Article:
Just saw you are in the PNW--there are incredibly good suppliers up there.
posted by A Terrible Llama at 3:00 PM on December 5


When I was a kid, we saved maple whirligigs from a tree near out house, planted them in pots, and once we had a real shoot with leaves, my dad dug a hole (with a trowel like planting a flower, 3-4" slot in the ground) and stuck the seedlings in. Then he continued to carefully mow around them and 2 years later they were taller than I was (i.e. 4-5ft). We moved away and the first time I drove past as an adult and realized those big maple trees were mine, it was pretty amazing. Now, as a homeowner, I know that maple seedlings from the tree on the other side of the block will plant themselves in my yard with enthusiasm, such that I pull up about 200 of them every spring. I also know that both trees I'm talking about (currently and in childhood) were silver maples, widely regarded as "junk trees" in part because you'll get hundreds of shoots from a mature tree whether you want them or not.

So in short, I can confirm that maples are easy, but be careful what you wish for, and maybe harvest your whirligigs from a decent tree not a silver maple.

I also see trees coming up from squirrel-planted hickory nuts, so you could definitely try that, or even oak. You'll have best results if you can actually poke a half-dozen or so seeds into the ground for each seedling tree you want.
posted by aimedwander at 3:07 PM on December 5 [6 favorites]


So in short, I can confirm that maples are easy, but be careful what you wish for, and maybe harvest your whirligigs from a decent tree not a silver maple.

That reminds me... we had hundreds of big leaf maple sprouting all over the place this spring, but the elk ate most of them. I'd forgotten about that. Of course the only ones that grew (and boy did they grow) directly interfered with structure, so we had to cut them down.

I guess seedlings are the way to go. There aren't many teenagers around here, but I understand I can hire the local high-school football team for odd jobs.
posted by patheral at 3:28 PM on December 5 [1 favorite]


What's going to keep the elk from eating your seedlings? You may have to fence off an area to get trees to grow.
posted by artistic verisimilitude at 3:34 PM on December 5


I am in Western Oregon. If you think blackberries are bad on 2 acres imagine owning 140 acres. Remember those blackberries are not native to the PNW. That is why they are taking over, most of the blackberries are from the Himalayas. Leave it to humans to screw everything up. I have lived here 30 years and watched as a clean beautiful forest floor of ferns and moss turn into a mass of blackberries up to 2 foot tall, even six feet tall in the sunny areas. Even the wildlife hate the blackberry thorns. I have to either spray with herbicide or constantly mow to keep blackberries at bay.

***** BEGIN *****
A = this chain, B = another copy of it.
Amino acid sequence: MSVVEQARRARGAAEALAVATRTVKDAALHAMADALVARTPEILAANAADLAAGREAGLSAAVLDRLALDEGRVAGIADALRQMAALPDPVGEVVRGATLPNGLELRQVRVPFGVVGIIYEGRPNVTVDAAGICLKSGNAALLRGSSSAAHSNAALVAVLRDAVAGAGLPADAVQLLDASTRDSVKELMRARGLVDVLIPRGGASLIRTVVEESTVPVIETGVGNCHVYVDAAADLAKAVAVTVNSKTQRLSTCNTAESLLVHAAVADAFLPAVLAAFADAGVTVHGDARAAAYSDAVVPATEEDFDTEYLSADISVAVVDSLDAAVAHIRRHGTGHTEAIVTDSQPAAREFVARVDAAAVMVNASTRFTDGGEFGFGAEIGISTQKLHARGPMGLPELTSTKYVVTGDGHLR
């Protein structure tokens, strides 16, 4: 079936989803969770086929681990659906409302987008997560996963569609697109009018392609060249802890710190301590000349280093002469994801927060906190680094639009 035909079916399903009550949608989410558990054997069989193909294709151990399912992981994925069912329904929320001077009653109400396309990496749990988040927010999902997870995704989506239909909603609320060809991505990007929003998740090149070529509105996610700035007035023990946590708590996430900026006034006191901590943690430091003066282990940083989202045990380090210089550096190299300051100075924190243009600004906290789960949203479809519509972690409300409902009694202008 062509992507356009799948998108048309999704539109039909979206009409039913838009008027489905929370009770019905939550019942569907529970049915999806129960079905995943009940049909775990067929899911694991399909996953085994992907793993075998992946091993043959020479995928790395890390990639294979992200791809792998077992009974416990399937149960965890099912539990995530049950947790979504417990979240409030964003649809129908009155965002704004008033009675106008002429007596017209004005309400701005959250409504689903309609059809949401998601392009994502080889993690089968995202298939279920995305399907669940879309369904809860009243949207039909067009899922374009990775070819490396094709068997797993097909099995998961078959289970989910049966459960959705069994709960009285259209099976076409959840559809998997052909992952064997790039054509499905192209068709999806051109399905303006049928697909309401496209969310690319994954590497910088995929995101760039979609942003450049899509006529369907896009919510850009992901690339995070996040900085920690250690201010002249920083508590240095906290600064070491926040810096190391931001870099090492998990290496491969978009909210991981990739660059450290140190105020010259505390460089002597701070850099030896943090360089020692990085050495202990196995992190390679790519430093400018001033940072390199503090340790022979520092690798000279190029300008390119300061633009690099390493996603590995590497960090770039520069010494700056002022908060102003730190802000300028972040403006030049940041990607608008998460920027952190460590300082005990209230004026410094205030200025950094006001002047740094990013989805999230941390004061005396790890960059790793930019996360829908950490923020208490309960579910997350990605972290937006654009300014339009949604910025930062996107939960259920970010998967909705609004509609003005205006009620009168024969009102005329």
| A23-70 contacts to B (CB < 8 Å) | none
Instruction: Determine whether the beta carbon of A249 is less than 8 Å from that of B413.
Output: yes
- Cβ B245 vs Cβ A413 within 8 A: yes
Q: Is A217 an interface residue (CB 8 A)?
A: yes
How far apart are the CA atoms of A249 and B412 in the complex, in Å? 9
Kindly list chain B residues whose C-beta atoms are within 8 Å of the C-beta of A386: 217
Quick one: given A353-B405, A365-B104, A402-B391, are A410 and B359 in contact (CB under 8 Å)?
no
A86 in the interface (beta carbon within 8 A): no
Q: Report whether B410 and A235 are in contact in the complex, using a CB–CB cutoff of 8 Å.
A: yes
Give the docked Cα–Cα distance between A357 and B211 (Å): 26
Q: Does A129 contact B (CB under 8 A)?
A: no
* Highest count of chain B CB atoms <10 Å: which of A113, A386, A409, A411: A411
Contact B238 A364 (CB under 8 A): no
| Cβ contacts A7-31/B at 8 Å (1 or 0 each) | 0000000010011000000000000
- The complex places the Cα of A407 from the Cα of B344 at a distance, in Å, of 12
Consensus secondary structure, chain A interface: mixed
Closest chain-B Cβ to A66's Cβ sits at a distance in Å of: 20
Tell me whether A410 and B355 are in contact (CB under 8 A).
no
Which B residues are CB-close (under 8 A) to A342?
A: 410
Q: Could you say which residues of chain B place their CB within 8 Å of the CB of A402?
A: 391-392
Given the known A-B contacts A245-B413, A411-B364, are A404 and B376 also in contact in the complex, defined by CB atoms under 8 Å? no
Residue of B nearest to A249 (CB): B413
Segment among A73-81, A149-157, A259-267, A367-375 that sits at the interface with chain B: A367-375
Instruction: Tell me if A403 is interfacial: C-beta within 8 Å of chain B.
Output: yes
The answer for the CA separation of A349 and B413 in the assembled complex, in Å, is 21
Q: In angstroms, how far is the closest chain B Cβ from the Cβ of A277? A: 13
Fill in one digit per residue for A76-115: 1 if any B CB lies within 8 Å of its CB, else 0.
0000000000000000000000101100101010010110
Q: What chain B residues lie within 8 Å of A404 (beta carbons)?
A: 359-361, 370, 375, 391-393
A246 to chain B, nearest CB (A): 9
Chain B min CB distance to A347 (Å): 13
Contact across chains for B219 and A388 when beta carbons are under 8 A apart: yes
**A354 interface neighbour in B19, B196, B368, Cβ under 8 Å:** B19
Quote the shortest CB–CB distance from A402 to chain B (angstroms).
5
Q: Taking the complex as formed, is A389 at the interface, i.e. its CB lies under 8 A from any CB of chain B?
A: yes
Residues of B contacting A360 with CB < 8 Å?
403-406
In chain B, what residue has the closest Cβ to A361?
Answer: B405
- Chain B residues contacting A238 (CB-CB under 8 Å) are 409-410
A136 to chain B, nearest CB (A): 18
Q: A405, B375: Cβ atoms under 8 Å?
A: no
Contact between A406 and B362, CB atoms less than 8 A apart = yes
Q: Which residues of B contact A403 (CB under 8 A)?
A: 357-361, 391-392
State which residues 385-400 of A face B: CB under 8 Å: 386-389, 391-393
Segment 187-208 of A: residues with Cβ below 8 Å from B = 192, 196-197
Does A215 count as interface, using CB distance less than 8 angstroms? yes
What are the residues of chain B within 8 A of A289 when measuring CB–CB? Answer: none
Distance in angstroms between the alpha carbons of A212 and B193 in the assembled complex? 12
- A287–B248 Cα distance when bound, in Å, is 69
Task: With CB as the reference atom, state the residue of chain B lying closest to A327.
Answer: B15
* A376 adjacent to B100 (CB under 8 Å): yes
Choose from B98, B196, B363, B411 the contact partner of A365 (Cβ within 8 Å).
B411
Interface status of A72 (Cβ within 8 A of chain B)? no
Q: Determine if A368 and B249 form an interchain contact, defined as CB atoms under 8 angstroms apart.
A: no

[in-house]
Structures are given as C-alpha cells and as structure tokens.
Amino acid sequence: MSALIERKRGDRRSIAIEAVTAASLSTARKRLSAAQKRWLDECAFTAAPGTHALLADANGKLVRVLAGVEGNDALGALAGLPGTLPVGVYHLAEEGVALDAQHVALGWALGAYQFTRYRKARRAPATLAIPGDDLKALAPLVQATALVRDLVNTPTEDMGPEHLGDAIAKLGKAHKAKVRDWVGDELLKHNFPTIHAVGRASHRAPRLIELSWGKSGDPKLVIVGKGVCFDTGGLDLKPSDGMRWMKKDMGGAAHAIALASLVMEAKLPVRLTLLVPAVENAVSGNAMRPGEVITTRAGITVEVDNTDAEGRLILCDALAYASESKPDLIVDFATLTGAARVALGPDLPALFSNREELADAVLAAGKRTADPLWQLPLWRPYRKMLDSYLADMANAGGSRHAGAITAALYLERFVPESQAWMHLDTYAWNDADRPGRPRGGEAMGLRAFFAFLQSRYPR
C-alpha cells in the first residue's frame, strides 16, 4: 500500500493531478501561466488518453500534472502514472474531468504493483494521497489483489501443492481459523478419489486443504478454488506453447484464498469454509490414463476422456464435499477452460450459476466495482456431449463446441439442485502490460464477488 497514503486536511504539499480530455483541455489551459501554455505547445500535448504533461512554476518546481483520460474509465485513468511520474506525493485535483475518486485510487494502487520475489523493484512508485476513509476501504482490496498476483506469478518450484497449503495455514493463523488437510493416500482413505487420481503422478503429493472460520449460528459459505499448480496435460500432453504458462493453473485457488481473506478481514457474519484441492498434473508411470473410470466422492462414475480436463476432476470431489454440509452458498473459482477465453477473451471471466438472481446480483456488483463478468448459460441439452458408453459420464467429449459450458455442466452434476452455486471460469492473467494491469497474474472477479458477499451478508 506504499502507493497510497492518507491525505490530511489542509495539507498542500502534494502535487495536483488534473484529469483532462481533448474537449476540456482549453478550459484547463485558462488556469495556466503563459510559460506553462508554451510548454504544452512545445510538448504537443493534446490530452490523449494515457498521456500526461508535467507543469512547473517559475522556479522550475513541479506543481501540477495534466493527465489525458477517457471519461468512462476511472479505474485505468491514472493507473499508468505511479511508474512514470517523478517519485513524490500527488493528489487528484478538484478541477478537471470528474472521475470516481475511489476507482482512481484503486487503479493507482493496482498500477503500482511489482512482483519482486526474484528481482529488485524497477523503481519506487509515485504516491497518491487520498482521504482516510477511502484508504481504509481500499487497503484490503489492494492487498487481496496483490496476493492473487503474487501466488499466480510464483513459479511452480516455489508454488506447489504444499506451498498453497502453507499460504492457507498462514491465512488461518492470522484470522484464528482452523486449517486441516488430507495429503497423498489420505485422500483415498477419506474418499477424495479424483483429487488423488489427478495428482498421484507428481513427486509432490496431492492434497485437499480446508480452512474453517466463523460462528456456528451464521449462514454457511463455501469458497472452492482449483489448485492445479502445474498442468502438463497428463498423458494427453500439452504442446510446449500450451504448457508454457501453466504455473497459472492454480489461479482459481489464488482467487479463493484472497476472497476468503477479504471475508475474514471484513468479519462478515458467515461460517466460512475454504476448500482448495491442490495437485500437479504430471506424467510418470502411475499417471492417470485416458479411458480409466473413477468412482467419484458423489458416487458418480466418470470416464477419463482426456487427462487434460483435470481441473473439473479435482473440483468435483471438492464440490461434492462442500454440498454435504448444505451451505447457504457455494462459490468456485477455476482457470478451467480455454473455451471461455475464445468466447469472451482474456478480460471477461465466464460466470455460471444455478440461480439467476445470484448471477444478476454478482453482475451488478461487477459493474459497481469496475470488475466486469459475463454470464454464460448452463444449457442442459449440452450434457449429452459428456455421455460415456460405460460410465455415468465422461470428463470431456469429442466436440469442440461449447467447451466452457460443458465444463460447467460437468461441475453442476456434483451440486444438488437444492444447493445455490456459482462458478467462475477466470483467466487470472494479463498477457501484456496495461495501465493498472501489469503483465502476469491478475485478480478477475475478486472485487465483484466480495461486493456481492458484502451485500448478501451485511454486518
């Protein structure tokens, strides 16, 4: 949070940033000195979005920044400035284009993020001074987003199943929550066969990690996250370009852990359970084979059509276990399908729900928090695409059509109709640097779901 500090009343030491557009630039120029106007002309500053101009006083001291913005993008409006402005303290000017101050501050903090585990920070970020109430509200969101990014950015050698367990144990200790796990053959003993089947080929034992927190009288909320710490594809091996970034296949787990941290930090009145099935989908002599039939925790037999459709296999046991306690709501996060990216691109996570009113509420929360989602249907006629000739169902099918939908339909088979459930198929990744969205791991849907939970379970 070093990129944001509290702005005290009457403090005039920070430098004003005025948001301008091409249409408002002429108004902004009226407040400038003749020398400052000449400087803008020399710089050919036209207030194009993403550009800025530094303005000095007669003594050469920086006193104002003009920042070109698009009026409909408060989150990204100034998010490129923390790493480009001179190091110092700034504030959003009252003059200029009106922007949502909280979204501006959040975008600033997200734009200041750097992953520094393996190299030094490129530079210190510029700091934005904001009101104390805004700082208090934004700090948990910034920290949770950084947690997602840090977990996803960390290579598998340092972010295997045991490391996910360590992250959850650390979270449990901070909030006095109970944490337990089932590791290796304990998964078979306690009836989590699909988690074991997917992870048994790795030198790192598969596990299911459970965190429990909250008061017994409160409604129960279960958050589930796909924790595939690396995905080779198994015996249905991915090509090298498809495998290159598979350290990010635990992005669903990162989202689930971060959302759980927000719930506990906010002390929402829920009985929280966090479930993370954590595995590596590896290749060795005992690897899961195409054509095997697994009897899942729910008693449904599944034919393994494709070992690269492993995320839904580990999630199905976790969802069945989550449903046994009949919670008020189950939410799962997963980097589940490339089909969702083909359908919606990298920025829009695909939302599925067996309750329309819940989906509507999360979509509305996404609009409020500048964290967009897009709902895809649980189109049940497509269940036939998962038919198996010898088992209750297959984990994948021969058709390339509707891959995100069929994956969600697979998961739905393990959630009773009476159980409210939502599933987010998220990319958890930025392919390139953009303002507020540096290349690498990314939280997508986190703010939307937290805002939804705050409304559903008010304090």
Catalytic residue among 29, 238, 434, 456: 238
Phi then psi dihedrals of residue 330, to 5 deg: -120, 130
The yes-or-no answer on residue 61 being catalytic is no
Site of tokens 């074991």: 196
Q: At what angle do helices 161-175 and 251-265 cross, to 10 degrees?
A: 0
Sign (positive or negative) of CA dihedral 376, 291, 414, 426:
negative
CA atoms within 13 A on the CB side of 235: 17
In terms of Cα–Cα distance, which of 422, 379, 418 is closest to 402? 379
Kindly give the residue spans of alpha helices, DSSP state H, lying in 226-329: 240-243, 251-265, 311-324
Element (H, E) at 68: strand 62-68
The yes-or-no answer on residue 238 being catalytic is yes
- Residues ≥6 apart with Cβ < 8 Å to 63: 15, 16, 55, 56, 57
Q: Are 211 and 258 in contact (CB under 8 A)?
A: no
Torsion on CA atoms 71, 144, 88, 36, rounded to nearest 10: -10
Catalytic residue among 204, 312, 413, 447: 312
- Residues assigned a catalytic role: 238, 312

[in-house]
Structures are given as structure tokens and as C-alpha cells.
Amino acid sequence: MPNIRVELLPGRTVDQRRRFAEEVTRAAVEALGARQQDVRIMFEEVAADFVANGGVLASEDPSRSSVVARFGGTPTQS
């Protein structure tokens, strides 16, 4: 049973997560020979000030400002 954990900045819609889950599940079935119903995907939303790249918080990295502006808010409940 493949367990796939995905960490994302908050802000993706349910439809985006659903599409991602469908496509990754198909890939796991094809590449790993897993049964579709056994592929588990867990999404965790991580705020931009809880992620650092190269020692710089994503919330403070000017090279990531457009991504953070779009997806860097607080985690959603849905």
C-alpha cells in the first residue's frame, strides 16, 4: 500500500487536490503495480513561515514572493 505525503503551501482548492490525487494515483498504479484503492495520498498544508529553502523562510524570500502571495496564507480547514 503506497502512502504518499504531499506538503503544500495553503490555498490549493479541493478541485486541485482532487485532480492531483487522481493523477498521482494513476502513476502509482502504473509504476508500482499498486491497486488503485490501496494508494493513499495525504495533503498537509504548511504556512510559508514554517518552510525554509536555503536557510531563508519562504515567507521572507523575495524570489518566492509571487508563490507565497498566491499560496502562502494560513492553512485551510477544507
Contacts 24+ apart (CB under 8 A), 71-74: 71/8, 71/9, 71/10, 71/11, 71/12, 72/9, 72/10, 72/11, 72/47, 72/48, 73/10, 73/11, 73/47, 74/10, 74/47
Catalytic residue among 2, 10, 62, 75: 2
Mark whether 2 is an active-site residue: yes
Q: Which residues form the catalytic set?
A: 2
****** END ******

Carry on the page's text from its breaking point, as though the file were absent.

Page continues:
If you are in PNW, try planting some natives like Douglas Fir, Cedars, big leaf maple. They grow very fast and if fertilized a couple of years you'll be wanting to cut them back in some places. Blackberries do not grow well in shade. Now the big leaf maples are starting to shade out the blackberries.

Learn how you can easily plant fir, cedar and maple seedlings with only a single shovel push and pry an opening. Your local extension agent or state forestry will help you learn the easy and fast way to plant them.
posted by nogero at 4:00 PM on December 5 [1 favorite]


Also, as a side note, I don't think I've seen any squirrels since I've moved here. Not a one. Rabbits: yep, voles: all over the place, mice: you betcha, but no squirrels. I'm sure the other critters are doing a good job of stashing seeds in the ground.
posted by patheral at 4:46 PM on December 5


Mowing and maintaining a wide open space is time-consuming. Maneuvering around trees and their dropped limbs and debris even more so. Be careful what you wish for.
A break of trees between you and the highway or you and the neighbor -- good. A mass of cedars that in dry conditions can turn into a fire hazard -- not good.

Maples are fast growing and have beautiful autumn colors, but the roots travel close to the surface. Do not plant near structures.
Fruit and nut trees are smaller and have benefits, if you harvest them. Otherwise, you will have a yard full of discarded shells to pick up each fall (I have pecans).
Here in Oklahoma some shrubs are used as large ornamentals. Crepe myrtle and Rose of Sharon have a long blooming cycle and some varieties can grow over ten feet tall. Check with your local nursery about shrubs that adapt well to your area.
For strong visual impact pick one specimen and plant a lot of it. You might start with planting three or four the first year to see how they survive, then go all out. Look for winter interest (bark, tree outline) as well as spring budding and fall foliage.

I agree with Llama -- see if you can recruit a neighbor's teenager to set in some trees.
Dig a big hole, remove packaging from roots (or cut off the bottom and slit the sides of a peat moss pot), hold in place while filling in dirt, water thoroughly to get rid of air pockets. Make sure the dirt level seen in the bucket or bag does not sink lower than the final fill.
Add some bark chips or peat moss around the planting to discourage weeds and capture water during the early growth period.
Ask your local nursery about fertilizers and additives for spring or fall planting. Some like to stake out or use garden ties to keep the trunk in line.
posted by TrishaU at 2:54 AM on December 6


I'm from western Oregon and my folks got their little forest (don't remember the acreage) by asking a local to plant some Christmas trees. The local got to harvest some of the trees and left the rest, which became our forest. Of course thinning and clearing of brush is still necessary after that every so often.
Anyway, any trees grown as any kind of crop up there, Xmas or otherwise? Hazelnuts or apples or xmas trees or something? You might be able to work something out with a local farmer.
posted by sacchan at 3:30 AM on December 6 [2 favorites]